Supreme Court Decides ADA Case With Mixed Results

January 23, 2004 Advisory
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On December 2, 2003, the United States Supreme Court decided Raytheon Co. v. Hernandez, No. 02-749, an Americans with Disabilities (ADA) case that had been watched for its potential impact on the ability to uniformly enforce employer policies. Unfortunately, the decision left many questions unanswered.
Facts of the Case.

Joel Hernandez had worked for Hughes Missile Systems for 25 years at the time he was terminated for being under the influence of illegal drugs and alcohol. Two years after his termination, he re-applied for a position and attached two reference letters to his application, one from his pastor and one from an Alcoholics Anonymous counselor that stated he was in recovery. The Human Resources employee who reviewed Mr. Hernandez' application claimed that when examining the application she noted that Mr. Hernandez had previously worked for the company. Upon investigation, she discovered he had been terminated for workplace misconduct, and rejected his application pursuant to a company policy against rehiring such employees. Mr. Hernandez filed a claim against the company, alleging he had been discriminated against in violation of the ADA.
Holding.

The Supreme Court held that the Ninth Circuit Court of Appeals applied the wrong analysis to the case, and remanded it for further proceedings. The Court reiterated the distinction it has historically made between disparate treatment and disparate impact cases. In disparate treatment cases, the employer treats individuals less favorably because of their protected class status (e.g., the employer discriminates against individuals on the basis of their race, religion, etc.). Since Mr. Hernandez claimed he was treated differently because of his disability, the question was whether the employer's offer of its policy as justification for the failure to re-hire him was simply a pretext for a different, discriminatory reason. The Ninth Circuit's finding that the blanket policy against hiring former employees terminated for workplace misconduct screened out persons with a record of addiction and thus violated the ADA was, the Court found, an analysis of the law as relates to disparate impact, rather than disparate treatment, cases.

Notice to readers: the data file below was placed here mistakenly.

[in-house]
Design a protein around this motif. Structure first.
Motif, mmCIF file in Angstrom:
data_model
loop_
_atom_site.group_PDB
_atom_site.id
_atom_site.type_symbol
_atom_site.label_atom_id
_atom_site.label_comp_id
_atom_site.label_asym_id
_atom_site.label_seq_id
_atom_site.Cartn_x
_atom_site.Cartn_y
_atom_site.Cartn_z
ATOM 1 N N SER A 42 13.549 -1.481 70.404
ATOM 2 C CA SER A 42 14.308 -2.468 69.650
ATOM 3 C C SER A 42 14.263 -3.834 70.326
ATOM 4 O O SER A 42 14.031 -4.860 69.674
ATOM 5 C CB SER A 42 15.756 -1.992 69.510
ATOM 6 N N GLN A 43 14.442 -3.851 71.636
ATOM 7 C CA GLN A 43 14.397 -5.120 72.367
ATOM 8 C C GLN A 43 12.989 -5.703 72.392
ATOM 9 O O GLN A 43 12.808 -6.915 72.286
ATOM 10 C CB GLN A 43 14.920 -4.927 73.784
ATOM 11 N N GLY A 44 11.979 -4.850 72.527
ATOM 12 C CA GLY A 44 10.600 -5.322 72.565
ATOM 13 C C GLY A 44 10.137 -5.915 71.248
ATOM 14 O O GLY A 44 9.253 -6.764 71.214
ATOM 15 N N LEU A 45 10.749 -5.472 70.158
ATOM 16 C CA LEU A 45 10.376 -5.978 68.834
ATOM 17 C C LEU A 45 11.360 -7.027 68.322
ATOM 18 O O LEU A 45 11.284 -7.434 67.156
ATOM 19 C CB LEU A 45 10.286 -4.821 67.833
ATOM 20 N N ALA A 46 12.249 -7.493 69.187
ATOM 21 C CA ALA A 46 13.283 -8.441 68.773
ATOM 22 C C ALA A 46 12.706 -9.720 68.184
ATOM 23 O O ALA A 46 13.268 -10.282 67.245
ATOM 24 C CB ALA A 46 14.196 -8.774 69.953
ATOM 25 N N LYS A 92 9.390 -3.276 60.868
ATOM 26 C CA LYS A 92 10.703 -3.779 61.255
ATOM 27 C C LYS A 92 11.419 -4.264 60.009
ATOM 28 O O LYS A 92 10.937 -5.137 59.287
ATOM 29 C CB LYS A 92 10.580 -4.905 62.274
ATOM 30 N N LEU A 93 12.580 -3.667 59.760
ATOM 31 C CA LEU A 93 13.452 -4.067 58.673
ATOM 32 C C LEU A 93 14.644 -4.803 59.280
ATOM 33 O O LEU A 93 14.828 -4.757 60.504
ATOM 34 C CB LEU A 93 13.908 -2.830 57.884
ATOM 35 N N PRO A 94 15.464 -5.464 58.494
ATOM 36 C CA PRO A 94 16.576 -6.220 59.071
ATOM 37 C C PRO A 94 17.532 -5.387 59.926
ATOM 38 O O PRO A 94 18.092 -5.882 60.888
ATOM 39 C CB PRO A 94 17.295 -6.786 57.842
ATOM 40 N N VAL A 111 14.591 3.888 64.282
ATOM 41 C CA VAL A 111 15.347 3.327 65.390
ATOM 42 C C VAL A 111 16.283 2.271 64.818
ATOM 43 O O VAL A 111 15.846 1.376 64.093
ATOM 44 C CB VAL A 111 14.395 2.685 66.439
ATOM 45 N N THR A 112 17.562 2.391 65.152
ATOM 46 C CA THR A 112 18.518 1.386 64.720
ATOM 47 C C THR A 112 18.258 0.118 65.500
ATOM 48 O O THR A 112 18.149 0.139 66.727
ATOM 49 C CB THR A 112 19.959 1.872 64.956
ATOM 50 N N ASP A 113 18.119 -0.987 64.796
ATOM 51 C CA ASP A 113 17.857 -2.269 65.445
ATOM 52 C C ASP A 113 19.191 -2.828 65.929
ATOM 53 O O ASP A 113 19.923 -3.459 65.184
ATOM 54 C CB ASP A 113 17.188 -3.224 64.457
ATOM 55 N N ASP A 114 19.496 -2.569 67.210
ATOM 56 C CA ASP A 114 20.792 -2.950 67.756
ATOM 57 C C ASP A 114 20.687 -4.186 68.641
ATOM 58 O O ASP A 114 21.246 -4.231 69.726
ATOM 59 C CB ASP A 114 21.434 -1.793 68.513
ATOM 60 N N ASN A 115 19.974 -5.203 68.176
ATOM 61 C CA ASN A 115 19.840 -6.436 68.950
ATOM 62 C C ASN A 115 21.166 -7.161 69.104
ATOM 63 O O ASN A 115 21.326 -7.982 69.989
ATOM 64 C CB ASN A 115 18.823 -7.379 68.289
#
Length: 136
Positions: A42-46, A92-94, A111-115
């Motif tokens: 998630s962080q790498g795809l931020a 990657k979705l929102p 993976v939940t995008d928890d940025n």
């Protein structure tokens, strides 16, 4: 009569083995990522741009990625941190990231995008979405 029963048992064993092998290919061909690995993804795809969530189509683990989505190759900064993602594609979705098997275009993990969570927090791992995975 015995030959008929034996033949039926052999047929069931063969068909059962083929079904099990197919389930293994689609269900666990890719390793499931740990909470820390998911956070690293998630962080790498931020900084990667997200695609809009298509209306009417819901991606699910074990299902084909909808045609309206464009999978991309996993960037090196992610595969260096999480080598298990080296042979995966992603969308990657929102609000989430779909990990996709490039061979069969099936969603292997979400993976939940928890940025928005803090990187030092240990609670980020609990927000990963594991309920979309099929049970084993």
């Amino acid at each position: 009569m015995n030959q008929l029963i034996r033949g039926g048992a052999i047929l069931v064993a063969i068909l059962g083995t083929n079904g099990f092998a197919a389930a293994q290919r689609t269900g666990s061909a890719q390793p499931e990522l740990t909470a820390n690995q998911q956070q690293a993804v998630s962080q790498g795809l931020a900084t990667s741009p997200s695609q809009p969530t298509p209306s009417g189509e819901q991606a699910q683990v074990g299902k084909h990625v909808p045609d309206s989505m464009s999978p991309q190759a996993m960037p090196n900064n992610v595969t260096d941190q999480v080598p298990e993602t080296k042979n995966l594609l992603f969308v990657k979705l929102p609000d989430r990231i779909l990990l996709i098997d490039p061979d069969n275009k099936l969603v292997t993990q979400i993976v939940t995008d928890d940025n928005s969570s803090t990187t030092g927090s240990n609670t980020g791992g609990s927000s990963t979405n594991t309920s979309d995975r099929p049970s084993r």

The Good News.

The Court unequivocally stated that a rehire policy such as the one at issue in this case, "is a quintessential legitimate, nondiscriminatory reason for refusing to rehire an employee . . . " The use of one thus can be evidence that the decision not to re-hire a former employee had a legitimate, nondiscriminatory basis. In addition, the Court suggested in footnotes to the case both that employers may discipline employees for behavior arising out of their disability and that an employer cannot violate the ADA if it is unaware of the disability in question.
The Open Question.

The question left unanswered by the Court in Hernandez, however, is whether the application of a policy not allowing the rehire of anyone involuntarily terminated can be uniformly applied, or whether exceptions may need to be made.
Some Guidance for Employers.

Any employer with a policy that makes employees who have been involuntarily terminated for workplace misconduct ineligible for hire should consider whether it is appropriate to have a procedure in place for determining whether exceptions may need to be made. An employee who was terminated for behavior arising out of his/her disability may have a claim under the ADA if he/she is not considered for re-hire. More generally, employers should consider, on a case-by-case basis, whether any rule or policy should be waived as a reasonable accommodation when it impacts the ability of an employee to perform the essential functions of his/her job.

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